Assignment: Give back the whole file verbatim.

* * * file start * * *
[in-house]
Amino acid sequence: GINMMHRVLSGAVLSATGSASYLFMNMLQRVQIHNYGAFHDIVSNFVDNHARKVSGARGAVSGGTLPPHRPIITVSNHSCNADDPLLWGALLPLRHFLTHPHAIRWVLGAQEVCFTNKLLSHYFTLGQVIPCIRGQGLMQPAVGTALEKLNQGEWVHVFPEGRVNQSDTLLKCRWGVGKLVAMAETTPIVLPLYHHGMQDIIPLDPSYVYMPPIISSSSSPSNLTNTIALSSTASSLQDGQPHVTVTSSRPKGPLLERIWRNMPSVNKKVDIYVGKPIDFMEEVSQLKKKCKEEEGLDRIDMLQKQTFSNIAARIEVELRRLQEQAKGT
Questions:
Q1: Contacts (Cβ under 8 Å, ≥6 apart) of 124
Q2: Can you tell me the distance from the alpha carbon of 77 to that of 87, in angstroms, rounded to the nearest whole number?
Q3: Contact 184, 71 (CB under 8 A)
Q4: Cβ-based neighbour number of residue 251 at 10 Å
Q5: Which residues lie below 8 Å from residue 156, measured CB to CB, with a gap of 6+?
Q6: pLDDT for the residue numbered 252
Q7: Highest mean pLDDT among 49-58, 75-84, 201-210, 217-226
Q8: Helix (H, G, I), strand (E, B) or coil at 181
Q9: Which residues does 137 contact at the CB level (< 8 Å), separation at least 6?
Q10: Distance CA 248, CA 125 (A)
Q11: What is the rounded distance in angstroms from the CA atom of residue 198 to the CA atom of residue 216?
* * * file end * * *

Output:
[in-house]
Amino acid sequence: GINMMHRVLSGAVLSATGSASYLFMNMLQRVQIHNYGAFHDIVSNFVDNHARKVSGARGAVSGGTLPPHRPIITVSNHSCNADDPLLWGALLPLRHFLTHPHAIRWVLGAQEVCFTNKLLSHYFTLGQVIPCIRGQGLMQPAVGTALEKLNQGEWVHVFPEGRVNQSDTLLKCRWGVGKLVAMAETTPIVLPLYHHGMQDIIPLDPSYVYMPPIISSSSSPSNLTNTIALSSTASSLQDGQPHVTVTSSRPKGPLLERIWRNMPSVNKKVDIYVGKPIDFMEEVSQLKKKCKEEEGLDRIDMLQKQTFSNIAARIEVELRRLQEQAKGT
Questions:
Q1: Contacts (Cβ under 8 Å, ≥6 apart) of 124
Q2: Can you tell me the distance from the alpha carbon of 77 to that of 87, in angstroms, rounded to the nearest whole number?
Q3: Contact 184, 71 (CB under 8 A)
Q4: Cβ-based neighbour number of residue 251 at 10 Å
Q5: Which residues lie below 8 Å from residue 156, measured CB to CB, with a gap of 6+?
Q6: pLDDT for the residue numbered 252
Q7: Highest mean pLDDT among 49-58, 75-84, 201-210, 217-226
Q8: Helix (H, G, I), strand (E, B) or coil at 181
Q9: Which residues does 137 contact at the CB level (< 8 Å), separation at least 6?
Q10: Distance CA 248, CA 125 (A)
Q11: What is the rounded distance in angstroms from the CA atom of residue 198 to the CA atom of residue 216?